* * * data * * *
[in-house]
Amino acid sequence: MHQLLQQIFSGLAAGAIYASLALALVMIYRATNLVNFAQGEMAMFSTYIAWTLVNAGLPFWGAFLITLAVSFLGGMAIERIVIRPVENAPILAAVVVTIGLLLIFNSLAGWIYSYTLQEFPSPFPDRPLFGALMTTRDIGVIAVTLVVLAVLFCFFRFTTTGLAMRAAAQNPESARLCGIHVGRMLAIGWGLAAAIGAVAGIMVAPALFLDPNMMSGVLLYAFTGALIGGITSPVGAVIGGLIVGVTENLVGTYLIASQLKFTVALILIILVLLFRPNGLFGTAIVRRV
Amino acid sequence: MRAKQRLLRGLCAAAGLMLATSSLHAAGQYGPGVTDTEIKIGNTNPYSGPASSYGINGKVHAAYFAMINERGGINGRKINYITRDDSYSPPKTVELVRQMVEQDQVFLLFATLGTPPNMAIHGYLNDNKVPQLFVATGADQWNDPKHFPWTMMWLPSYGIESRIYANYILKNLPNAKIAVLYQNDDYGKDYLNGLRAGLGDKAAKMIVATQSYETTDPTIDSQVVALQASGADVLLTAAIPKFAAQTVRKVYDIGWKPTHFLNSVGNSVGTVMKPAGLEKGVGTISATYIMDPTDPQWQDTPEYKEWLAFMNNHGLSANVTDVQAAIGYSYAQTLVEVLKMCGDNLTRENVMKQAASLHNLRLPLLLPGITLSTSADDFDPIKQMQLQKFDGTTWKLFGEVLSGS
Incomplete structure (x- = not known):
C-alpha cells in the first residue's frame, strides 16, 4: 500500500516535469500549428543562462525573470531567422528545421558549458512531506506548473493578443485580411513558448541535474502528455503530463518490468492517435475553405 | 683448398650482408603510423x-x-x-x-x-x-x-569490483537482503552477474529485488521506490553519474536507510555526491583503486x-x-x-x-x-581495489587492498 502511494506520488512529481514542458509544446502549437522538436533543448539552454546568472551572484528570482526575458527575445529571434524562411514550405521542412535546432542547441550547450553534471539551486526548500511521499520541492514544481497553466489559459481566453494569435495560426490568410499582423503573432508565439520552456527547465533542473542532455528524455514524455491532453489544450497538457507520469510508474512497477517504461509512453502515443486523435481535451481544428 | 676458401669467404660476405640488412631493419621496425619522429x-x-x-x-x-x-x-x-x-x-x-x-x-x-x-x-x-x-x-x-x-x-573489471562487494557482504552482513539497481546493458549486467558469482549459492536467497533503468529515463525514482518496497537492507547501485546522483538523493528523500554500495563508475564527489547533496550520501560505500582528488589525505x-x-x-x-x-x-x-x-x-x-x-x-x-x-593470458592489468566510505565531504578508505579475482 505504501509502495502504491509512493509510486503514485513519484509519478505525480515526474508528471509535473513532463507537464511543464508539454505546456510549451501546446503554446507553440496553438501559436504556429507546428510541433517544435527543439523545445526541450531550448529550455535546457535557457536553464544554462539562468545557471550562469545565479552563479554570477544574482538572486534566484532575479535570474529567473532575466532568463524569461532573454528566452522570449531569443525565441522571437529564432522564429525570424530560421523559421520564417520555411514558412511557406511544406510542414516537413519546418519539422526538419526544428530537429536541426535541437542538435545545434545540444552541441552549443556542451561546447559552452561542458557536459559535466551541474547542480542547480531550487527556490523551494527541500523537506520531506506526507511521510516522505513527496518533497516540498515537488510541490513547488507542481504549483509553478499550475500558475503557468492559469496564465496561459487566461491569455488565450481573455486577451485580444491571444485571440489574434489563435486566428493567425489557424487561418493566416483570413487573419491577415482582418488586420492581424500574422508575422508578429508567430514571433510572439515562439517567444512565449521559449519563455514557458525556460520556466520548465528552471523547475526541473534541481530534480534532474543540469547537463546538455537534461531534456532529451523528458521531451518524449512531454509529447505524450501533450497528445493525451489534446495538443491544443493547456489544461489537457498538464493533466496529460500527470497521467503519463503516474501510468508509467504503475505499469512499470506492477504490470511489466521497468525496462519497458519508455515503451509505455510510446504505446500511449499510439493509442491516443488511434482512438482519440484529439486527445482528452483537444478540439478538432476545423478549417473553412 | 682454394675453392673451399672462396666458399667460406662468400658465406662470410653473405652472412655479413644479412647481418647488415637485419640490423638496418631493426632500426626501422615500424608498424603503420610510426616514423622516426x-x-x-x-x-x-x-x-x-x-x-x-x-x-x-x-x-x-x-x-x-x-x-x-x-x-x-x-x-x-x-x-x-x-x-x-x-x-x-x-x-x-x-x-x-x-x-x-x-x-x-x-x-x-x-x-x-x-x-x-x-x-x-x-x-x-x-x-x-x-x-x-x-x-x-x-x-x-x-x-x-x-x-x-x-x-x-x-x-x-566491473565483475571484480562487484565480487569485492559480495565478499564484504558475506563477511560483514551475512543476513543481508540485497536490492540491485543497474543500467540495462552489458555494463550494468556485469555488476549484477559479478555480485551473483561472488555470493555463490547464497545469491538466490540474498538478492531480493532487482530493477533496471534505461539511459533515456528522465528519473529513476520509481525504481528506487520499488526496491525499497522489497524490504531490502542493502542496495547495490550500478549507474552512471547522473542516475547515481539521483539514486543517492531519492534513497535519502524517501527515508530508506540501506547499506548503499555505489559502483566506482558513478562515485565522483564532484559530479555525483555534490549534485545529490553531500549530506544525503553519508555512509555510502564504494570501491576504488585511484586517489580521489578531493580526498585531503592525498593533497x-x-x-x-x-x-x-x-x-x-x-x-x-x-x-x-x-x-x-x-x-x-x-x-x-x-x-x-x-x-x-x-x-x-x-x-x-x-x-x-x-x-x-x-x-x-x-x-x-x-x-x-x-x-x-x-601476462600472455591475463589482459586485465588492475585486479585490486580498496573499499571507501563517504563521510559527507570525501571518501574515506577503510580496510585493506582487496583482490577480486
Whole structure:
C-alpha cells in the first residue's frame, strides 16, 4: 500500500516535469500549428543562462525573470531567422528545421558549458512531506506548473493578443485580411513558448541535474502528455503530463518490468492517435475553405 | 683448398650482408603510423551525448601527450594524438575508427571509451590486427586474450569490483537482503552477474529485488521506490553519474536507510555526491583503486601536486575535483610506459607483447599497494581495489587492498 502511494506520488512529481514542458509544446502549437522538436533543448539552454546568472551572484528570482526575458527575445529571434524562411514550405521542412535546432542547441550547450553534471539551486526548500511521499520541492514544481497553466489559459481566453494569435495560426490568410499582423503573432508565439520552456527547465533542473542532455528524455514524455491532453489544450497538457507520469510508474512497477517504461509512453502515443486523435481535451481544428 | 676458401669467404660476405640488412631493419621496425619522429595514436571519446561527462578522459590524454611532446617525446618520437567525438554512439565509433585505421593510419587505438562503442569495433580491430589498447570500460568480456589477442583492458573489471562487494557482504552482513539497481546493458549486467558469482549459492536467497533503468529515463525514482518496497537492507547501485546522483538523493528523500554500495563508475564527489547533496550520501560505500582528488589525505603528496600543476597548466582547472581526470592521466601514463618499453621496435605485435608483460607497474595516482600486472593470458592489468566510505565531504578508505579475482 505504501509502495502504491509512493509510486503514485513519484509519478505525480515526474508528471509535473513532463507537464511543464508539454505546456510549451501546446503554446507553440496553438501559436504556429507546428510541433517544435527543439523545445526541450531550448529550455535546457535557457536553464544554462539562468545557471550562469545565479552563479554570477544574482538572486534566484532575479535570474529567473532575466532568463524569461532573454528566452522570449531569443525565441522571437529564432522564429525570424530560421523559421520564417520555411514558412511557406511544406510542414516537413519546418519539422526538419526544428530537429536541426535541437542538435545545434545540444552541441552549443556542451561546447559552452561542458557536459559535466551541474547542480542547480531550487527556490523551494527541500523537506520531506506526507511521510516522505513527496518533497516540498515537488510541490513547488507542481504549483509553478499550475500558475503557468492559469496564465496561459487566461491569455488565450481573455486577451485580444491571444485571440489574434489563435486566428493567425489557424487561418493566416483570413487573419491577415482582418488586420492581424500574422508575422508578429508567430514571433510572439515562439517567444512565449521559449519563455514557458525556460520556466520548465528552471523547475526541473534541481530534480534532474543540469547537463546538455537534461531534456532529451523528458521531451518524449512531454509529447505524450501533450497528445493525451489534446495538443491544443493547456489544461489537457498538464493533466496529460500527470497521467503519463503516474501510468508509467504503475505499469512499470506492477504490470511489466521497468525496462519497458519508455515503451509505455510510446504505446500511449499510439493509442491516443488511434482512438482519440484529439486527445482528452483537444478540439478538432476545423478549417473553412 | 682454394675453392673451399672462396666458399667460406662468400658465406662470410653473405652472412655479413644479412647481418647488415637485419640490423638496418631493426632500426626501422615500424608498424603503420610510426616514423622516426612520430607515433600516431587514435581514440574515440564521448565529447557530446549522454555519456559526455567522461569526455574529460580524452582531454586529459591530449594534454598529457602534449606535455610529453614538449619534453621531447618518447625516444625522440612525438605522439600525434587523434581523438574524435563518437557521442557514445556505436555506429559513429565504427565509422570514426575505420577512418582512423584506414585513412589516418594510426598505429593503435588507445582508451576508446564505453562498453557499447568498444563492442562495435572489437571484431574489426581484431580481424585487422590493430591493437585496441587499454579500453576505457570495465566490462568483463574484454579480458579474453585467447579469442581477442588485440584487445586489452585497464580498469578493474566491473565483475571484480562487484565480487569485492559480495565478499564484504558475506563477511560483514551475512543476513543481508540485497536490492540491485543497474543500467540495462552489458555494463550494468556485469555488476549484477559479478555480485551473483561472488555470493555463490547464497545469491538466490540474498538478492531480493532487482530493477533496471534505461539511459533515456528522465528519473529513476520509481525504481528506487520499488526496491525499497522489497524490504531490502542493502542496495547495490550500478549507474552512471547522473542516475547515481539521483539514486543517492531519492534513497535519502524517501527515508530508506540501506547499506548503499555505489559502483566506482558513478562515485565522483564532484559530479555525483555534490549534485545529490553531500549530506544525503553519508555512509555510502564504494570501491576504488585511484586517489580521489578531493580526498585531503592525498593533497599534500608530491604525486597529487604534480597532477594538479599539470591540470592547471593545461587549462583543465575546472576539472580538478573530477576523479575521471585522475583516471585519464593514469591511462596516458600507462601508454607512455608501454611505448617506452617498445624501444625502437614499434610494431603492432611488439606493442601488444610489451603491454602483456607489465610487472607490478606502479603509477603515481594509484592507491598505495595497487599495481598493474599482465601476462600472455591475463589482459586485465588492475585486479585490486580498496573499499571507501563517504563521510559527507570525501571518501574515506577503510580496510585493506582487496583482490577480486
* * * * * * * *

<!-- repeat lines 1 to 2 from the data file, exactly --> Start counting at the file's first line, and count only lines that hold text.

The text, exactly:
[in-house]
Amino acid sequence: MHQLLQQIFSGLAAGAIYASLALALVMIYRATNLVNFAQGEMAMFSTYIAWTLVNAGLPFWGAFLITLAVSFLGGMAIERIVIRPVENAPILAAVVVTIGLLLIFNSLAGWIYSYTLQEFPSPFPDRPLFGALMTTRDIGVIAVTLVVLAVLFCFFRFTTTGLAMRAAAQNPESARLCGIHVGRMLAIGWGLAAAIGAVAGIMVAPALFLDPNMMSGVLLYAFTGALIGGITSPVGAVIGGLIVGVTENLVGTYLIASQLKFTVALILIILVLLFRPNGLFGTAIVRRV